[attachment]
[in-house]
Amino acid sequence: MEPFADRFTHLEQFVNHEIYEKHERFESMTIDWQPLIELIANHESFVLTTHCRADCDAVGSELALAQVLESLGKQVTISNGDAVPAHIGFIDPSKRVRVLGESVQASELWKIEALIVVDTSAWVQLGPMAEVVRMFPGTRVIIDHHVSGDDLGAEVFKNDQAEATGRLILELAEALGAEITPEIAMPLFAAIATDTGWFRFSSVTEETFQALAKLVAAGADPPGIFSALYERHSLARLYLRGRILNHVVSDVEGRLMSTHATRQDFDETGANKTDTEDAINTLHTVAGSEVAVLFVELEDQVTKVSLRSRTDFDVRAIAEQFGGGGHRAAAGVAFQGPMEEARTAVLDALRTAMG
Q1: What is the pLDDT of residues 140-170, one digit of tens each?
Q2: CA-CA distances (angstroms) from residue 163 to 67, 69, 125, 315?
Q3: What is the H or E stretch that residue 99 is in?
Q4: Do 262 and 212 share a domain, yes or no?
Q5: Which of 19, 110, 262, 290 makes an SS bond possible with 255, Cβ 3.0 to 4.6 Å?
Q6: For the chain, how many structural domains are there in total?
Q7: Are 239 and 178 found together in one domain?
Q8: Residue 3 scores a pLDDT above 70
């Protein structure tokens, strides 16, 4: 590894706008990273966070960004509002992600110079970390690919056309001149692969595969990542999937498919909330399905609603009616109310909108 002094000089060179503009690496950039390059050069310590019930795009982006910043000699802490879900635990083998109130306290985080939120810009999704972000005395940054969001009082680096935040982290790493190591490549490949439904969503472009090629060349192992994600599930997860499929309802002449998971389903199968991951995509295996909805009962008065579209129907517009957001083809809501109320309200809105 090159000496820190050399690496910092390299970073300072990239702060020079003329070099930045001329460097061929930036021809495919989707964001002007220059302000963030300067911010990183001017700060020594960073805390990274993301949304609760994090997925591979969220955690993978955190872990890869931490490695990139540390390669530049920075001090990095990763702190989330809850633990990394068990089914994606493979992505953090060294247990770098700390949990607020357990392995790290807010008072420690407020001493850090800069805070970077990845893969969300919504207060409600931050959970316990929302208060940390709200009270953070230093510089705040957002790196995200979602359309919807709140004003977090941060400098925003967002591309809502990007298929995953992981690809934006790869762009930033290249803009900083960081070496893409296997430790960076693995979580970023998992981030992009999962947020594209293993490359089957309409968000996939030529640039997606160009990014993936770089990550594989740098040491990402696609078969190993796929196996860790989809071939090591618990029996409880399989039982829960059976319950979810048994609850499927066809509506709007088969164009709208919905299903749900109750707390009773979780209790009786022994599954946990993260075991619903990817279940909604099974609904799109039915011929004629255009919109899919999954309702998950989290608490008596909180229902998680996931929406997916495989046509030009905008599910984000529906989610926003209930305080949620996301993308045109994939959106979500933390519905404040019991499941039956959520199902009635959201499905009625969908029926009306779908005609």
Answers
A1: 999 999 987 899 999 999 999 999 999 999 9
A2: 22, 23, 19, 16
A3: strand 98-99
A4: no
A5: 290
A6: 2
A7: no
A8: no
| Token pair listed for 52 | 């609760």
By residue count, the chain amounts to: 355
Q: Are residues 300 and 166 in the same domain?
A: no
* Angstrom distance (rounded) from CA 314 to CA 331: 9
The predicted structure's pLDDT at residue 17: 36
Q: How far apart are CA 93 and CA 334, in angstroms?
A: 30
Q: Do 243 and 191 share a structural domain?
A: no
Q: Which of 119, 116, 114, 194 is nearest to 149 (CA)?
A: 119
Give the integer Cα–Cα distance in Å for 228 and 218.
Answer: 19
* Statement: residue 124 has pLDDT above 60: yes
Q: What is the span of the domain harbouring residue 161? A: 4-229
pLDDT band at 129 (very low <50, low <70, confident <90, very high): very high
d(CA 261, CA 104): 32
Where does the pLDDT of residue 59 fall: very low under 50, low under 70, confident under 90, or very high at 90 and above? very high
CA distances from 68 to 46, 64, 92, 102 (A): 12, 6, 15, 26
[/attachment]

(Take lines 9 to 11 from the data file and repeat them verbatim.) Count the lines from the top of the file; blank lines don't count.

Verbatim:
Q7: Are 239 and 178 found together in one domain?
Q8: Residue 3 scores a pLDDT above 70
């Protein structure tokens, strides 16, 4: 590894706008990273966070960004509002992600110079970390690919056309001149692969595969990542999937498919909330399905609603009616109310909108 002094000089060179503009690496950039390059050069310590019930795009982006910043000699802490879900635990083998109130306290985080939120810009999704972000005395940054969001009082680096935040982290790493190591490549490949439904969503472009090629060349192992994600599930997860499929309802002449998971389903199968991951995509295996909805009962008065579209129907517009957001083809809501109320309200809105 090159000496820190050399690496910092390299970073300072990239702060020079003329070099930045001329460097061929930036021809495919989707964001002007220059302000963030300067911010990183001017700060020594960073805390990274993301949304609760994090997925591979969220955690993978955190872990890869931490490695990139540390390669530049920075001090990095990763702190989330809850633990990394068990089914994606493979992505953090060294247990770098700390949990607020357990392995790290807010008072420690407020001493850090800069805070970077990845893969969300919504207060409600931050959970316990929302208060940390709200009270953070230093510089705040957002790196995200979602359309919807709140004003977090941060400098925003967002591309809502990007298929995953992981690809934006790869762009930033290249803009900083960081070496893409296997430790960076693995979580970023998992981030992009999962947020594209293993490359089957309409968000996939030529640039997606160009990014993936770089990550594989740098040491990402696609078969190993796929196996860790989809071939090591618990029996409880399989039982829960059976319950979810048994609850499927066809509506709007088969164009709208919905299903749900109750707390009773979780209790009786022994599954946990993260075991619903990817279940909604099974609904799109039915011929004629255009919109899919999954309702998950989290608490008596909180229902998680996931929406997916495989046509030009905008599910984000529906989610926003209930305080949620996301993308045109994939959106979500933390519905404040019991499941039956959520199902009635959201499905009625969908029926009306779908005609």